Alexei Mikhailov, is a former Soviet-era academic and engineer who specialized in hydrogeology in Magadan, a Siberian city located on the Sea of Okhotsk. He admits to leading a comfortable life during the Soviet era. His parents were also engineers with high positions in an electric distribution company and engineering firms, which accorded them privileges the general public did not have. He worked in a large research laboratory and was studying for his PhD, but that changed with the dissolution of the Soviet Union in the early 1990s.
Two things in his life fuel Mikhailov’s passion—boats and business. He wasted no time establishing the latter. A short time after the country’s political implosion, he applied for a business license (his was number fourteen in a city of over 100,000), after which he created a consulting firm that catered to the region’s mining industry. Within three years he had 300 employees. With a partner, Mikhailov purchased and refit a 136-foot crew boat, turning it into a megayacht-cum eco cruise liner. Magadan is also known for its fishing fleet and naval base. He used the expertise of the former and the facilities of the latter for the refit, gaining valuable experience with and appreciation for steel construction. For a while, Alaska Airlines flew tourists in and his ship ferried them around the area’s natural sights. At the time he was 26 years old.
In 1993, Mikhailov traveled to the United States for the first time to visit a friend. He had $3,600 with him. His businesses in Russia were no longer thriving and he was casting his net for other opportunities. He liked the economic and business freedom in the US and decided he wanted to stay, but wasn’t sure what he should do. At first he shipped clothing to Russia, then cars, but neither was very profitable. Then, a friend in Russia complained about the scarcity of poultry in markets there. Mikhailov shipped half a container of frozen chickens, then ten containers. A year later it was a shipload of containers. He’d found economic success, but he remained unfulfilled.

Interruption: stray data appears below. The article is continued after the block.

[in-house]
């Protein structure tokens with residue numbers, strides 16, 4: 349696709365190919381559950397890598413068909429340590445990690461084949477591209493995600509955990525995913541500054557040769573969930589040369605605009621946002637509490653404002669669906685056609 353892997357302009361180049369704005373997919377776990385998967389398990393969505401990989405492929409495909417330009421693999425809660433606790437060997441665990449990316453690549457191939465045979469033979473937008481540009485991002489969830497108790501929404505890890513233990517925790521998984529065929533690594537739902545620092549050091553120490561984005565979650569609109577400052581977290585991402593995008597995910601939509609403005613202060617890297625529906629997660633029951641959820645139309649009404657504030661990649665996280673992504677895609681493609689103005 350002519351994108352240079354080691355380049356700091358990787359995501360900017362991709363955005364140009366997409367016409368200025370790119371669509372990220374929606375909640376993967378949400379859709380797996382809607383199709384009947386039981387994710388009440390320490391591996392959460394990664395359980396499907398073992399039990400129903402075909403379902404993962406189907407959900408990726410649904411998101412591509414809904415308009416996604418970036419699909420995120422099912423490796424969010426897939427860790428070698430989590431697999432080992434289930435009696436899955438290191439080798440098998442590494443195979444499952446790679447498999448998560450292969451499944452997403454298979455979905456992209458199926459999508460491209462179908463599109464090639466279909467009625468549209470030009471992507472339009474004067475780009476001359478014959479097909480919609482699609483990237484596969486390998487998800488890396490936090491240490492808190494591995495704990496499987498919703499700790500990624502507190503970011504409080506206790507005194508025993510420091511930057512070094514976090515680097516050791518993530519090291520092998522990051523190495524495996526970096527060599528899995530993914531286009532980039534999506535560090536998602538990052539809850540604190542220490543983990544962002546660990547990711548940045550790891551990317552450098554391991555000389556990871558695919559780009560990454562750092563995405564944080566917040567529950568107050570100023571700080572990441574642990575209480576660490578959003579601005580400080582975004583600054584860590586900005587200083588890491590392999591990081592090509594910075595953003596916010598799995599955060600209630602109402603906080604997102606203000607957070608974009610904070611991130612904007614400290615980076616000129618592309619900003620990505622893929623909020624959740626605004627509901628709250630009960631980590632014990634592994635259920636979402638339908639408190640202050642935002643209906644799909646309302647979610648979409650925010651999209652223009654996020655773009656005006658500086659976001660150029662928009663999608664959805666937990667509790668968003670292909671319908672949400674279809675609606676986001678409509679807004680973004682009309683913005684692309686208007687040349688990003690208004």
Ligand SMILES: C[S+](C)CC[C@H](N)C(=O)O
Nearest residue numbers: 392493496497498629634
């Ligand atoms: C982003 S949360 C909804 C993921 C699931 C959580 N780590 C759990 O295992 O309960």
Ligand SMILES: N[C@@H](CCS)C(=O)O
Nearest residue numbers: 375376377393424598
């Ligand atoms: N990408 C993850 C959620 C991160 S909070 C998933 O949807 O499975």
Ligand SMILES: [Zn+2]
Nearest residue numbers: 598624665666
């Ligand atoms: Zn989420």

In 2002, while cruising aboard his 36-foot fiberglass boat in North Carolina a fire broke out, caused by a fault in a recently installed anchor windlass cable. The fire quickly engulfed the boat, forcing them to abandon her. She was a total loss. Mikhailov and his family had been cruising offshore all day, and the fire occurred after they had returned to sheltered water. The potential tragedy was not lost on him; it became yet another inspiration for building his own boat and for building it in steel.
In 2007, he started Bering Yachts, launching the business headlong, and unknowingly, into the now infamous recession. He built a 55 on spec and cruised it with his wife from North Carolina to Maine and then to Florida. They sold it in 2009. Bering has grown steadily; thus far they have completed four vessels, two 55s, a 60 and a 65, with orders now on the books for several more. As other builders sank beneath the waves, Bering continued to grow and as of this writing has four vessels are under construction—B65, B70, B77, B80.
The company offers an after-sales support service for clients in the Mediterranean. Bering’s new partner yard in China, along with Bering Naval Yachts in Turkey and a staff of 18, make up this growing concern. Their leader is a man with a passion for building in steel, and building the best steel yachts in the business.